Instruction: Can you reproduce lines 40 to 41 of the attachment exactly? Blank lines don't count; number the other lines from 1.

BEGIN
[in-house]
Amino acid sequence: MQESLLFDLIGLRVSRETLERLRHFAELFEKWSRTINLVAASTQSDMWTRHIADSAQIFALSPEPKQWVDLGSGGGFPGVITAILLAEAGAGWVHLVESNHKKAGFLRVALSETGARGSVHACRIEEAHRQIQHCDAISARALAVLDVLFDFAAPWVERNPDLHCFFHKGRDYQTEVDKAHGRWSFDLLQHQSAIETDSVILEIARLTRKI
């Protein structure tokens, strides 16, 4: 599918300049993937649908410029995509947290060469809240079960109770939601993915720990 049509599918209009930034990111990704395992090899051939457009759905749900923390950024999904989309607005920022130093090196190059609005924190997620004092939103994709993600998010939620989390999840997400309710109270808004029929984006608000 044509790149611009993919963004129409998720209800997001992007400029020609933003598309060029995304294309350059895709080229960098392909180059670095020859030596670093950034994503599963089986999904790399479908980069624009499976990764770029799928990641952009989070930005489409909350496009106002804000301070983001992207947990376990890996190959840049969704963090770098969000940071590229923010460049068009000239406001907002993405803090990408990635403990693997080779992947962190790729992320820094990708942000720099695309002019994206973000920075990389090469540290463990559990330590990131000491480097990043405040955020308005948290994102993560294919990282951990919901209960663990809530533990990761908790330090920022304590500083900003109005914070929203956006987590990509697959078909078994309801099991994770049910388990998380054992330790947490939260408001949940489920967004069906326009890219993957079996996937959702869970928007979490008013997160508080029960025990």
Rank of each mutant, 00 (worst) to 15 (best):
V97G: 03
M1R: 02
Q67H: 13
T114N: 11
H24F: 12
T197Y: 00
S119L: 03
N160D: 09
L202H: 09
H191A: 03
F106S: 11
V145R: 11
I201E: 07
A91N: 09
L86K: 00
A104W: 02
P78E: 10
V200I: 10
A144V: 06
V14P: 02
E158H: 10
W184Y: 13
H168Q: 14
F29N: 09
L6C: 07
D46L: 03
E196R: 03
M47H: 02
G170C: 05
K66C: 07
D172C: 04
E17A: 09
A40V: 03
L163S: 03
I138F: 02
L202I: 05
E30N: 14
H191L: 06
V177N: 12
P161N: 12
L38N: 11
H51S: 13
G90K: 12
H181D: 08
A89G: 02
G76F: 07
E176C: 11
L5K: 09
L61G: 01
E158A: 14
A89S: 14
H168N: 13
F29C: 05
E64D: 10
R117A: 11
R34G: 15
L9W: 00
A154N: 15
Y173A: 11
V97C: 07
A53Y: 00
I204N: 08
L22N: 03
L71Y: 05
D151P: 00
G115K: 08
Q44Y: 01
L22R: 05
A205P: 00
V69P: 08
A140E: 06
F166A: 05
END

L202I: 05
E30N: 14